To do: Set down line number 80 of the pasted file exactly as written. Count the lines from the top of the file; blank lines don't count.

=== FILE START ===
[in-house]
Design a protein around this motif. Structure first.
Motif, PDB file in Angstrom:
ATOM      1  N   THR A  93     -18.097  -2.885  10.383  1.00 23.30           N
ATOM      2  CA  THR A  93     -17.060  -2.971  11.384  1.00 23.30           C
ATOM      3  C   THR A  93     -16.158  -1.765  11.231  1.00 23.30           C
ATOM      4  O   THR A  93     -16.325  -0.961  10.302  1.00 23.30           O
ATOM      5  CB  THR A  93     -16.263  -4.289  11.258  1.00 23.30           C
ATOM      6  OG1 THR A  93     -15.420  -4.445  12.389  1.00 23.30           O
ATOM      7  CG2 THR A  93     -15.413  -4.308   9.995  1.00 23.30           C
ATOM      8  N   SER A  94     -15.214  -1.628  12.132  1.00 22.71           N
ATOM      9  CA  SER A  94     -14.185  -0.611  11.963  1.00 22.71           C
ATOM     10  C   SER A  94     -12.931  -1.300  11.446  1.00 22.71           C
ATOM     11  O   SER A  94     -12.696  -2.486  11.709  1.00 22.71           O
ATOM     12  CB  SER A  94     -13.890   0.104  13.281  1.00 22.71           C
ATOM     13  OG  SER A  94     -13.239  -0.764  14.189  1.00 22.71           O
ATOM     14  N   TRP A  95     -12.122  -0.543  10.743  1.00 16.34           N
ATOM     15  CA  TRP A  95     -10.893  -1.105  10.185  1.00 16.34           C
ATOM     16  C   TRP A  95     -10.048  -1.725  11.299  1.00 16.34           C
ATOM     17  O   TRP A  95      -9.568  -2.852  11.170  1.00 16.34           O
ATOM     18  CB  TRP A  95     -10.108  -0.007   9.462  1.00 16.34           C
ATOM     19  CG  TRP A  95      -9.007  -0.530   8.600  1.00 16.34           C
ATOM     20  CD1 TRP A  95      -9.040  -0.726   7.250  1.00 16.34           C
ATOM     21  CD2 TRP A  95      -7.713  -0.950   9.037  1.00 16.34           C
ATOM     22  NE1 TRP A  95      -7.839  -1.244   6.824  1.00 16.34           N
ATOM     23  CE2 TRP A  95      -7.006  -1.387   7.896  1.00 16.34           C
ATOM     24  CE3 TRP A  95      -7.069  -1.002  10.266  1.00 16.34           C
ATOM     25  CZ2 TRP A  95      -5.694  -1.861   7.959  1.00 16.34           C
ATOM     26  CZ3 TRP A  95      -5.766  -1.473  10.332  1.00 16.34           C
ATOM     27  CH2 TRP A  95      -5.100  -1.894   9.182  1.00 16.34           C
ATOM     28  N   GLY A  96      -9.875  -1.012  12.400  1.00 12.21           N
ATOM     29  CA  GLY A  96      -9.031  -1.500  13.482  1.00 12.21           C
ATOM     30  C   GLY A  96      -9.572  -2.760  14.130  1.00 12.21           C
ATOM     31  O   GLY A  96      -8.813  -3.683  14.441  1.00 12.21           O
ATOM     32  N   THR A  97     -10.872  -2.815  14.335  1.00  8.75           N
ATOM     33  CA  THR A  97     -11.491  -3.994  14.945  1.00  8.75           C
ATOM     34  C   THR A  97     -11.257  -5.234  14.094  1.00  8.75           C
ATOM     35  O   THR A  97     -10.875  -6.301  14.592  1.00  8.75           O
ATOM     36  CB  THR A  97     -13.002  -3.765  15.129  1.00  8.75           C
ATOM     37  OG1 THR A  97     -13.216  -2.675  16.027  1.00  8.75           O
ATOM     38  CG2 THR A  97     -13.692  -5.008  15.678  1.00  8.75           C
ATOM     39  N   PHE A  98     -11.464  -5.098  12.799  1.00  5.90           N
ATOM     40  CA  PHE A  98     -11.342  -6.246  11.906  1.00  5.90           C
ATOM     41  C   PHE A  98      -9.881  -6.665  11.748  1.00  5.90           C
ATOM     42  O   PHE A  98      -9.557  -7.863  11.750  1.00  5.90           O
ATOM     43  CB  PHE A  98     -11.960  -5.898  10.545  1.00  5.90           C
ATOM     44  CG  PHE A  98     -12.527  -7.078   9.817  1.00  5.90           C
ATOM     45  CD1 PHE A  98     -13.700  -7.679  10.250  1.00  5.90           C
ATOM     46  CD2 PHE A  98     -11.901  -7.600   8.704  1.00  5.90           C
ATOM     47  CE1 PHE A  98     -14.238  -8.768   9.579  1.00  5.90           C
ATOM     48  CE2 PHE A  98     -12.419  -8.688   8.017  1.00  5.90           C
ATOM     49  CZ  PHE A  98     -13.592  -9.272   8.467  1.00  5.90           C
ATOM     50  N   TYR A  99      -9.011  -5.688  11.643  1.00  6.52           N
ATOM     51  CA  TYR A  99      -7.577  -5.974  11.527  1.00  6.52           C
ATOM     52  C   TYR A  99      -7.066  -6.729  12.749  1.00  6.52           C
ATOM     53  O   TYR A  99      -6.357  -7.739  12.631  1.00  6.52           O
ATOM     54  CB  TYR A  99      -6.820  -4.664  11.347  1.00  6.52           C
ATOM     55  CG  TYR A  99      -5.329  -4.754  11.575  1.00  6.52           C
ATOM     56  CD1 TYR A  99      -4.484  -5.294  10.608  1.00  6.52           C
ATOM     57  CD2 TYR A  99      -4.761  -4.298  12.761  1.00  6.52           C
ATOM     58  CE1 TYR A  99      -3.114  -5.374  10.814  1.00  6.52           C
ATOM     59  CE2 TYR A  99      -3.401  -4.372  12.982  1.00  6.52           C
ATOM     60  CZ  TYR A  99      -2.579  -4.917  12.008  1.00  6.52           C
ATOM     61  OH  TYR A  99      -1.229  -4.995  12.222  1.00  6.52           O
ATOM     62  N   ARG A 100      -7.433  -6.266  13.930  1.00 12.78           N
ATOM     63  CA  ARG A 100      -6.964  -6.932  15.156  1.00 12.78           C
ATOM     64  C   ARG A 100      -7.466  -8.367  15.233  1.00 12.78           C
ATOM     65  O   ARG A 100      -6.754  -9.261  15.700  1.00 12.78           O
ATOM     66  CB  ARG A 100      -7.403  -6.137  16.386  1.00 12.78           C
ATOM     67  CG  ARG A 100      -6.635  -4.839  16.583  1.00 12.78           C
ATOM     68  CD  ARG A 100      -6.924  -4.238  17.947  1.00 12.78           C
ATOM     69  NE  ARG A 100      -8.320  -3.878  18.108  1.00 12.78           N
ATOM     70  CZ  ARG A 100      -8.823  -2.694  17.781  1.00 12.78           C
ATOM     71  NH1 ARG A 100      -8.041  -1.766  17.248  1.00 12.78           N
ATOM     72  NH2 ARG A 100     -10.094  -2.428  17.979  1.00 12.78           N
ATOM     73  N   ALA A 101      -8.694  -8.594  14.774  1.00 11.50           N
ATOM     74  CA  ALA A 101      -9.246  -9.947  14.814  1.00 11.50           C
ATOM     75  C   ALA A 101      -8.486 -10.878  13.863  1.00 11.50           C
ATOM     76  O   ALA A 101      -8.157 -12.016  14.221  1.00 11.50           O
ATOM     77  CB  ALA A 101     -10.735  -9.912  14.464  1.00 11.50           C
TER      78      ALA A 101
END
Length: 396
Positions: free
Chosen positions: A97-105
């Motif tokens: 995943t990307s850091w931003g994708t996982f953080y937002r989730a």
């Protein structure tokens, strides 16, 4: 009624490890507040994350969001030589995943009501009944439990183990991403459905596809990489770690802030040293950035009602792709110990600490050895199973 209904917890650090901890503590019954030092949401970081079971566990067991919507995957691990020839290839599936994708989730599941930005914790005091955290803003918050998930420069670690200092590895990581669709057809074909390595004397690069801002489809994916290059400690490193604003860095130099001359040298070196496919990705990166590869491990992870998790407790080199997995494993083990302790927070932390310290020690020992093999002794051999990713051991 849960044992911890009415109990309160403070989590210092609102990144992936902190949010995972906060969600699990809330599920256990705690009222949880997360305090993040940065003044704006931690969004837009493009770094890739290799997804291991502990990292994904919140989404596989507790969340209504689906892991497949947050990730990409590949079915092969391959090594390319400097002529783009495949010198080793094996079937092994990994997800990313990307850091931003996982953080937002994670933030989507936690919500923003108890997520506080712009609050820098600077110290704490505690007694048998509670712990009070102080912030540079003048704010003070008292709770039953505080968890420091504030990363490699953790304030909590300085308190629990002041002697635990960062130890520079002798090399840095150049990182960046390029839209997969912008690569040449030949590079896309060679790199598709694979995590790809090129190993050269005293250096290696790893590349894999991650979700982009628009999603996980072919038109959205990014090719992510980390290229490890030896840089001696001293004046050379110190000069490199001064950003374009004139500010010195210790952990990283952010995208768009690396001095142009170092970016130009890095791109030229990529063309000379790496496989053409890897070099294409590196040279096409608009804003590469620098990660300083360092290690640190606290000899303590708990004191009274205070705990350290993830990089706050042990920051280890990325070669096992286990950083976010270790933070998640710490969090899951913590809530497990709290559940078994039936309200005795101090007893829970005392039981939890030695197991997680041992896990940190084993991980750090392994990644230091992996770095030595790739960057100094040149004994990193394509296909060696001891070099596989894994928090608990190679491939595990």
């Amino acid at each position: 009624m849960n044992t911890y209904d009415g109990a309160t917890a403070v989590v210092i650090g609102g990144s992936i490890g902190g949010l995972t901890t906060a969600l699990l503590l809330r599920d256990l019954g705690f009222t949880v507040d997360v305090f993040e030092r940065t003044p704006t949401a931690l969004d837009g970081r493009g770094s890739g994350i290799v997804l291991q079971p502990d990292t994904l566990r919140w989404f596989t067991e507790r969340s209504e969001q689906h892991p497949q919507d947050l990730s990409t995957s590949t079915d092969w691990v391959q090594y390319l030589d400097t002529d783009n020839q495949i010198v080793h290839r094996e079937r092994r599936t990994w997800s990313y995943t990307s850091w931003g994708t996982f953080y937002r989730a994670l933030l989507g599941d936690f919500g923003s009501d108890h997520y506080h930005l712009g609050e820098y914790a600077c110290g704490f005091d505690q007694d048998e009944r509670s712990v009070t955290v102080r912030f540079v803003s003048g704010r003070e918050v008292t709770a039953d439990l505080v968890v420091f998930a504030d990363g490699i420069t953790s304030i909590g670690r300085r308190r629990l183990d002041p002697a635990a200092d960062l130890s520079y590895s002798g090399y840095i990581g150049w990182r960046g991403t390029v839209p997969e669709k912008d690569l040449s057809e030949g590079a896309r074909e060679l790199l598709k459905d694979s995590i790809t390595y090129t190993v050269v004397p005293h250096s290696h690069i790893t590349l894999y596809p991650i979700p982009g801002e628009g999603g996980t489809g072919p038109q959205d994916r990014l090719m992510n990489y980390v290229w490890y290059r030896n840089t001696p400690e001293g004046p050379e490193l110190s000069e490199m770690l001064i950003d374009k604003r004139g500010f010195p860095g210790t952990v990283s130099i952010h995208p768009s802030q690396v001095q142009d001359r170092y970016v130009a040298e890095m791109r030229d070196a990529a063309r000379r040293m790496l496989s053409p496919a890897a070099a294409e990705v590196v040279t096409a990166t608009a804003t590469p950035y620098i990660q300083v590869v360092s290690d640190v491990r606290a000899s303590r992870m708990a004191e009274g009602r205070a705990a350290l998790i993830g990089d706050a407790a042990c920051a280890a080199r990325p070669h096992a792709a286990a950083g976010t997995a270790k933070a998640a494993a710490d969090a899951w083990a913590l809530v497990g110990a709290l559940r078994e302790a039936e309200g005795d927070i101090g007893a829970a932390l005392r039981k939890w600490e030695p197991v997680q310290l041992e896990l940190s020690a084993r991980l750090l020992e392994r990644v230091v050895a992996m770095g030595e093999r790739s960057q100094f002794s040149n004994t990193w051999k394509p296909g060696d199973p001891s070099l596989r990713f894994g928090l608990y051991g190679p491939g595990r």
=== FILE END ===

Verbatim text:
ATOM     77  CB  ALA A 101     -10.735  -9.912  14.464  1.00 11.50           C